Campo minado

informació obra



Intèrprets:
Lou Armour, David Jackson, Gabriel Sagastume, Sukrim Rai, Ruben Otero, Marcelo Vallejo
Composició musical:
Ulises Conti
Escenografia:
Mariana Tirantte
Vestuari:
Andy Piffer
Direcció:
Juan Carlos Martel Bayod
Autor:
Juan Carlos Martel Bayod
Sinopsi:

Molts recorden encara aquella primavera del 1982 en què una potència europea —governada amb mà de ferro— es va enfrontar amb una dictadura que vivia els últims dies per unes illes de l'Atlàntic Sud. Ja fa gairebé quaranta anys d'un episodi que no només va acabar formant part dels llibres de text escolars de tots dos països, sinó que, a més, ha deixat empremtes profundes en la memòria i la vida dels qui la van viure. Veterans de guerra argentins i britànics les exploren conjuntament en aquesta peça de teatre documental que converteix els records en material escènic per estudiar com es relacionen experiència i ficció. Tornen a vestir els uniformes, fan el paper dels seus dirigents conduint-los cap a la guerra, munten una banda de rock i canten cançons i reviuen moments que van des de les festes al vaixell que els duia cap a la guerra fins a l'enfonsament del creuer Belgrano. Tot, per explicar de manera coral una guerra que, curiosament, va durar menys del que els protagonistes han trigat a assajar aquesta representació.

Ha reunit els veterans de tots dos bàndols Lola Arias, una escriptora, directora de teatre i cinema i performer argentina que està acostumada a transitar per les fronteres entre la realitat i la ficció amb propostes de teatre documental. En altres performancesd'Arias, els fills reconstrueixen la joventut dels pares durant la dictadura militar argentina (Mi vida después, 2009), se'ns parla de la vida i del paper de les dones i la comunitat queer en el règim comunista de l'antiga RDA (Atlas del comunismo, 2016) o es reconstrueix la vida d'un arqueòleg sirià que lluita des de fa cinc anys per ser reconegut com a refugiat a Alemanya (What they want to hear, 2018). El 2018, Arias va estrenar el film Teatro de guerra, el seu primer llarg (vist al festival barceloní L'Alternativa 2018), amb els mateixos protagonistes que aquest muntatge teatral.


Crítica: Campo minado

17/07/2019

A tale of two histories

per Alx Phillips

The Falklands War / la guerra de las Malvinas took place in the spring / autumn of 1982 over a group of small islands in the southwest Atlantic that belong to Britain / Argentina. 

On this polemical premise, Lola Arias’ extraordinary documentary theatre piece Campo Minado / Minefield cuts right through the conflicting ‘facts’ of the matter to explore a greater truth. The 100 minute play brings together three military men who fought on the British side with three from the Argentinian side. Together, these former enemies narrate fragmented memories of the 10 week war. Archive materials include public and personal photographs, news items, pieces of clothing and music performed live by the men.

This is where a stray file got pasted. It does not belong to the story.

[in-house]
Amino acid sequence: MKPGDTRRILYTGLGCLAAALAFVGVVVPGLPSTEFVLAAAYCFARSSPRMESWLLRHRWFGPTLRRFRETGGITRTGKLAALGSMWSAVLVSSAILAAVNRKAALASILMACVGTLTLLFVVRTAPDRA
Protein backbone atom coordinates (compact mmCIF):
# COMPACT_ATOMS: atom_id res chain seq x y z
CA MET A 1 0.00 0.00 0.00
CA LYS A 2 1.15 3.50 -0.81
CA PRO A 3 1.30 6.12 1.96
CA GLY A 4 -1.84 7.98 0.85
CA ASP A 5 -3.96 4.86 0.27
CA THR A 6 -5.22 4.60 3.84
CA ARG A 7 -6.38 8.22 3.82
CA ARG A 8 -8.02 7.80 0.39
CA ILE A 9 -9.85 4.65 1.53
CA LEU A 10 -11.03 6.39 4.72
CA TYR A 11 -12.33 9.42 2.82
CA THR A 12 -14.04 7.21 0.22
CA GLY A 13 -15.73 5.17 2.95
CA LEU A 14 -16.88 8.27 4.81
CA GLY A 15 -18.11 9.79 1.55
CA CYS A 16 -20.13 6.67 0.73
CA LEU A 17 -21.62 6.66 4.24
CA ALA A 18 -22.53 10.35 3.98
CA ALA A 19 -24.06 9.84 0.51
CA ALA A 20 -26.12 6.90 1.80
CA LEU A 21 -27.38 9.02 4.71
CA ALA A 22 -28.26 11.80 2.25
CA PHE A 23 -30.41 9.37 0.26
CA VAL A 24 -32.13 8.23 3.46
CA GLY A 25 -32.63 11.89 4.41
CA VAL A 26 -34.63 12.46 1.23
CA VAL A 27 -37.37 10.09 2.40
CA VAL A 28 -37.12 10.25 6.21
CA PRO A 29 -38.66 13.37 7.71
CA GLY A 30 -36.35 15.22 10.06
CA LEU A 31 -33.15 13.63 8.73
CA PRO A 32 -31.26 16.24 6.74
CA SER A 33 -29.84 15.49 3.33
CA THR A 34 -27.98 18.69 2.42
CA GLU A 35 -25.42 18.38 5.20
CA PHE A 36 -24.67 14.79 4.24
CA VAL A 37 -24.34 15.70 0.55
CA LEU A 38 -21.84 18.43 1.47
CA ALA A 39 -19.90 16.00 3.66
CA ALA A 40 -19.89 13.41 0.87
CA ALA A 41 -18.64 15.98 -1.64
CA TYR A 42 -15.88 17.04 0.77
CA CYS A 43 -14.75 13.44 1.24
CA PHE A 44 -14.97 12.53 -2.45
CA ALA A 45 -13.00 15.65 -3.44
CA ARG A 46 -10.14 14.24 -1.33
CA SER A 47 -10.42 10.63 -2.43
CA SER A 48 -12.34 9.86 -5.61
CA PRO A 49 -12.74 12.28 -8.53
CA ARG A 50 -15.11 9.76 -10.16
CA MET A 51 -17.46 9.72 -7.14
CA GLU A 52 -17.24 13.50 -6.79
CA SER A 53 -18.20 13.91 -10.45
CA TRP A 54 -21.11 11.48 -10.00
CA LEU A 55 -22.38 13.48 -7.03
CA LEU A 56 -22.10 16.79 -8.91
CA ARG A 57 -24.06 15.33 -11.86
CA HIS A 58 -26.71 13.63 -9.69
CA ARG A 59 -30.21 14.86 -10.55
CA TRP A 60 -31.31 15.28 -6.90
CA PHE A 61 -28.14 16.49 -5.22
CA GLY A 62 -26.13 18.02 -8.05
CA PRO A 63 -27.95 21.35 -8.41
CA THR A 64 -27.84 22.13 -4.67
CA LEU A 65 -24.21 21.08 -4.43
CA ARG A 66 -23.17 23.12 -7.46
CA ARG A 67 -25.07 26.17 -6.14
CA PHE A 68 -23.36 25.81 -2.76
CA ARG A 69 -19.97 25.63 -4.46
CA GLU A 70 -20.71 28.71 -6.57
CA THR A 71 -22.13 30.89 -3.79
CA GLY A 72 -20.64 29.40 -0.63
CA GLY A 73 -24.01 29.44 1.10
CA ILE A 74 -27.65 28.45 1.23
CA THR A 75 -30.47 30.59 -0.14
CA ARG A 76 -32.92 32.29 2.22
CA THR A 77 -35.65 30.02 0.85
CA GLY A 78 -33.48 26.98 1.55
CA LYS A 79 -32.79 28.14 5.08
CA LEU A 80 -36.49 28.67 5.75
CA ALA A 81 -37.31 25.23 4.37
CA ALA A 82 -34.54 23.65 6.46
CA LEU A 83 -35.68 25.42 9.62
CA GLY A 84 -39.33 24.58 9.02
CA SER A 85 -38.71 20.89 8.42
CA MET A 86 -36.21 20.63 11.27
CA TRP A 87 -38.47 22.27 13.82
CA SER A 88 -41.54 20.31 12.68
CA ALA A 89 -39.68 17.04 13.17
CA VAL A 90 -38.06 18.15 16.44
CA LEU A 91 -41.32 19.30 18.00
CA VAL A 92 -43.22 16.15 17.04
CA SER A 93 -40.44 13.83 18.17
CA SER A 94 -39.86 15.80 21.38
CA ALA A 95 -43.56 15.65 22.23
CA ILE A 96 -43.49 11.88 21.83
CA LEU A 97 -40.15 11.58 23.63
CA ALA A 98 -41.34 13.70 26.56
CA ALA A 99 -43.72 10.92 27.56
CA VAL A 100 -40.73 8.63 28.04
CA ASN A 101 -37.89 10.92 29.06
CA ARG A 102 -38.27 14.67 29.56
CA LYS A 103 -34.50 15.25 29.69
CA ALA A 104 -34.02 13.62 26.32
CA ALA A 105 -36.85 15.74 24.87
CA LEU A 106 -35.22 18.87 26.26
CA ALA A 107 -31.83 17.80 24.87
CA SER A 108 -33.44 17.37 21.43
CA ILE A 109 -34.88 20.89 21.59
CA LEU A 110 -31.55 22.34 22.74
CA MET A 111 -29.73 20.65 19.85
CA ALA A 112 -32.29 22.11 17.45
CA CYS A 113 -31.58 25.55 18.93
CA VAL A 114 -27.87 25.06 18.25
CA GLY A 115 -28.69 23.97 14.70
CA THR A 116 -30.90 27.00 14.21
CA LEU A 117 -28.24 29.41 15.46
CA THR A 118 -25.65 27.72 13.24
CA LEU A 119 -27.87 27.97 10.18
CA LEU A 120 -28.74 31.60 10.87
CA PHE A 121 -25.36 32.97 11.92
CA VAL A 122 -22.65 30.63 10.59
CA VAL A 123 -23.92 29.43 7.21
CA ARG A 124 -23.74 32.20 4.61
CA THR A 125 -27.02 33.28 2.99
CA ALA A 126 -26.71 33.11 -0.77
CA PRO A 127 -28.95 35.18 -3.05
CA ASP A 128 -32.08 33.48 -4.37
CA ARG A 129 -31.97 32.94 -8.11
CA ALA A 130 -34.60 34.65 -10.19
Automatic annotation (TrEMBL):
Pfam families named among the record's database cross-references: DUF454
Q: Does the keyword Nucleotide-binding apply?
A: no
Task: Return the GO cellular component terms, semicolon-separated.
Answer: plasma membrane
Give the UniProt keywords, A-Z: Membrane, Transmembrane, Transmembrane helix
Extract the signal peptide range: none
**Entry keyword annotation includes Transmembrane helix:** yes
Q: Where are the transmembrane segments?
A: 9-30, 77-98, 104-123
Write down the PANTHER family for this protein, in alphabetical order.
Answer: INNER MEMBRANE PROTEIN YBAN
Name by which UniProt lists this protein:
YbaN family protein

As their stories are told, the unlikeliness of this theatre piece ever coming together are made ever more poignant. There is a sense of treachery at every turn. Neither side were prepared for what to expect. The average age of British veterans was 23. Yet while they were voluntarily in the army, the Argentines were 18-year-old conscripts chosen according to the last three numbers on their ID. 

For the British today, the war is recalled as little more than Margaret Thatcher's publicity stunt, used as a way to get voted in again and push through a series of privatization measures and crush trade unions. In Argentina, while it heralded the end of the military dictatorship, the war is still profoundly lived. Argentina suffered heavy losses, half of the casualties went down with the ship the General Belgrano that was sailing away when it was struck by a British torpedo. 

Emotions run so high in Argentina, explained Arias, that it took 5 years to receive the backing to bring this project together. Veterans took part at a great emotional cost and amidst accusations of betrayal from former comrades in arms. On both sides, it would have been hard enough were civilians to share stories about the war, said Arias, but these are military men. A sense of camaraderie and loyalty was imperative to their psychological and physical survival.

Yet it is perhaps survival that has brought them together on stage with the enemy. Since the war, many veterans have experienced trauma; the number of suicides, it is pointed out, has exceeded the number of casualties killed in action. Never lost by any of these veterans is the conviction that their cause was the right one. But this is not a story about right and wrong but about responsibility, not just to your country but to your fellow human being. It is a powerful and timely defence of compassion in the absence of resolution.